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Discuss: Algorithms in your life

We've given you a little intro to algorithms, and a few examples. Now before we go further, we want to hear what algorithms you can think of.
Leave a comment below answering one or more of these questions, and check out what other students wrote:
  • What algorithms do you use in everyday life? Do you think you could write a program to make them more efficient?
  • What algorithms do you think are used by your favorite games and apps?
  • Have you ever made an algorithm for a program? What did it do? Was it correct and efficient?
Please use the "Tips/Thanks" tab for your answers, not the "Questions" tab. We look forward to your thoughts!

Want to join the conversation?

  • leafers tree style avatar for user LioryMushievv
    Is an algorithm for wring an algorithm possible to make? Or are we humans an algorithm for making algorithms?
    (1,071 votes)
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    • leaf orange style avatar for user Paul Klar
      There are physic enginges that can simulate a lot of stuff. With simulation you can generate a huge dataset, which is used to make a computer control something according to the "experiences" contained in the datasets.
      Example: Give a robot the keyboard and a flight-simulator and tell him: Airplane in the air = GOOD, crash = NOT good, press any keys and check what happens. The robot will produce datasets that lead to a crash and datasets that made a stable flight. With the huge dataset the computer has "algorithms" to maintain a stable flight (and also algorithms that lead to a crash) that he learned by himself.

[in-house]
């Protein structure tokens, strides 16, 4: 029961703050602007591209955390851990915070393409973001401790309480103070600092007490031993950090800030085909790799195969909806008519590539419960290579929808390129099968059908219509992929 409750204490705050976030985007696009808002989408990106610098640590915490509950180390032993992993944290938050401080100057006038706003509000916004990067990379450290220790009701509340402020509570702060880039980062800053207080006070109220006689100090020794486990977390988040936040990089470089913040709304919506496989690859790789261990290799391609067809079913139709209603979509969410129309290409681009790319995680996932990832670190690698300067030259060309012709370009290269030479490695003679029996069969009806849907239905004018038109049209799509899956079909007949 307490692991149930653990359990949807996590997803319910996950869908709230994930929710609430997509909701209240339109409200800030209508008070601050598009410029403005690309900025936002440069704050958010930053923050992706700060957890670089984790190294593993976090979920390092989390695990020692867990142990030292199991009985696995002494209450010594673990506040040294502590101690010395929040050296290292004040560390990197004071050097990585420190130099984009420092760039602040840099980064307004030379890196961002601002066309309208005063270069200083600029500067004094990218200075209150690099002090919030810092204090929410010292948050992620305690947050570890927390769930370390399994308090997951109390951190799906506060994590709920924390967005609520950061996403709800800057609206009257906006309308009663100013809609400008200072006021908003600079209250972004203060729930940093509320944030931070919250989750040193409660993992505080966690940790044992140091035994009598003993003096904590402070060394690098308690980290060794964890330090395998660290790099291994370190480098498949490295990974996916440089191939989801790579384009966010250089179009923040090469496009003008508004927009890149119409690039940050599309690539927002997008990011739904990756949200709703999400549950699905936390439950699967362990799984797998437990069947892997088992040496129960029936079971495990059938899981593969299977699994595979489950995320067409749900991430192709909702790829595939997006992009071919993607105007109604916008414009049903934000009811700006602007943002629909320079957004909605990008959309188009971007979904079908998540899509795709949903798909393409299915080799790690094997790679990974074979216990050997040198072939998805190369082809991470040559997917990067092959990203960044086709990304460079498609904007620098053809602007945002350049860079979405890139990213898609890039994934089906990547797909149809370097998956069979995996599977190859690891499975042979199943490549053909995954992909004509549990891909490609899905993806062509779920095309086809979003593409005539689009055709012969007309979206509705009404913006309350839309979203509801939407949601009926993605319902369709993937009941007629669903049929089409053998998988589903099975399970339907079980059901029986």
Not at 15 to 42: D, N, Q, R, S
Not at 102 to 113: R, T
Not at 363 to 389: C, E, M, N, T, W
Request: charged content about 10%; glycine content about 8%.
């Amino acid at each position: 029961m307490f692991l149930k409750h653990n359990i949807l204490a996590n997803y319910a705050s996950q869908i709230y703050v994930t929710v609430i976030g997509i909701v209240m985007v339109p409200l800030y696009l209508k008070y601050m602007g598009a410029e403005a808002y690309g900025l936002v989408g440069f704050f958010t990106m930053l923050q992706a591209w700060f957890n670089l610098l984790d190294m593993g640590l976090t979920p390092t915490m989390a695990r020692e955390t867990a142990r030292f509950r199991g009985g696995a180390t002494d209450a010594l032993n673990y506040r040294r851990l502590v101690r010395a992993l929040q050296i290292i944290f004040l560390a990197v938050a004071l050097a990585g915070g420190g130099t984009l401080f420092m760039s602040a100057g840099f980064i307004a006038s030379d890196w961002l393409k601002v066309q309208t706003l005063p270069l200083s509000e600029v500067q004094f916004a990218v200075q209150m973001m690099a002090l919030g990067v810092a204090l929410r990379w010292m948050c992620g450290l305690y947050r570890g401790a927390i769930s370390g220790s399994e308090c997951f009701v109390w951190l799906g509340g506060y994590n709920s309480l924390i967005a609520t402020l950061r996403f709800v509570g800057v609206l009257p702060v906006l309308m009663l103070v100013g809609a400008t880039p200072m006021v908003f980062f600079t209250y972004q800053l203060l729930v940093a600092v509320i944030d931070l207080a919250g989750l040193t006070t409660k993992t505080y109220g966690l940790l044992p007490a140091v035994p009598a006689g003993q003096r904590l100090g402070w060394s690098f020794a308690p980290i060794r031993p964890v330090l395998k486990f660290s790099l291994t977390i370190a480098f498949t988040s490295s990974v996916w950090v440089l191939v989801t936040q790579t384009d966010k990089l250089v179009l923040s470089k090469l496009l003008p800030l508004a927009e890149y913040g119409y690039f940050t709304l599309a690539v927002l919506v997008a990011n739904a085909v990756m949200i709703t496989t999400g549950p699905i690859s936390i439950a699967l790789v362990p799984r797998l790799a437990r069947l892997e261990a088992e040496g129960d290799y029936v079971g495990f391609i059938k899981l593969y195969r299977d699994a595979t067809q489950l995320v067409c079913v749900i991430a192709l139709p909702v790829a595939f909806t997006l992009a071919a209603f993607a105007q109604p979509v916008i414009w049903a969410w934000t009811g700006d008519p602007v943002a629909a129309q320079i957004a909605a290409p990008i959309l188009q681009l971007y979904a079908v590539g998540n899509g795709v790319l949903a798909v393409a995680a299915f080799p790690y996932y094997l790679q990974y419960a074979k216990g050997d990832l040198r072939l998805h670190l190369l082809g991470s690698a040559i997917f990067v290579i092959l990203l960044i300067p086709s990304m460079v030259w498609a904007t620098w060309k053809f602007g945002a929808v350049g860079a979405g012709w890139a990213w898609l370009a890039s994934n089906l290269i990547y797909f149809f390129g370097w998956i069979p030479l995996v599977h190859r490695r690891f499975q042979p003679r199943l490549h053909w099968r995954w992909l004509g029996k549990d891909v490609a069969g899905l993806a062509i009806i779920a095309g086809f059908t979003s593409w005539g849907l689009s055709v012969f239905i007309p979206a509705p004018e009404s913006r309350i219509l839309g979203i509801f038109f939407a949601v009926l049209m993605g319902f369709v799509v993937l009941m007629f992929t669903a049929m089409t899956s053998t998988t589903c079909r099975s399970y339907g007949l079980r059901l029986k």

Well, the physics engine was written by humans - though I do not consider humans to be like algorithms. Is there an algorithm for creativity? I guess not.
      (28 votes)
  • male robot johnny style avatar for user Christian R. Engle
    So can you write a program just for making algorithms more efficient, faster?
    (58 votes)
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    • male robot hal style avatar for user Cameron
      To some extent compilers have algorithms that make algorithms more efficient and faster.

      Example 1:
      if you have some C++ code that looks like:
      bool a=true;
      while(a == true){
      //do something, but never change a

      The compiler may change it to:
      //do something
      goto LABEL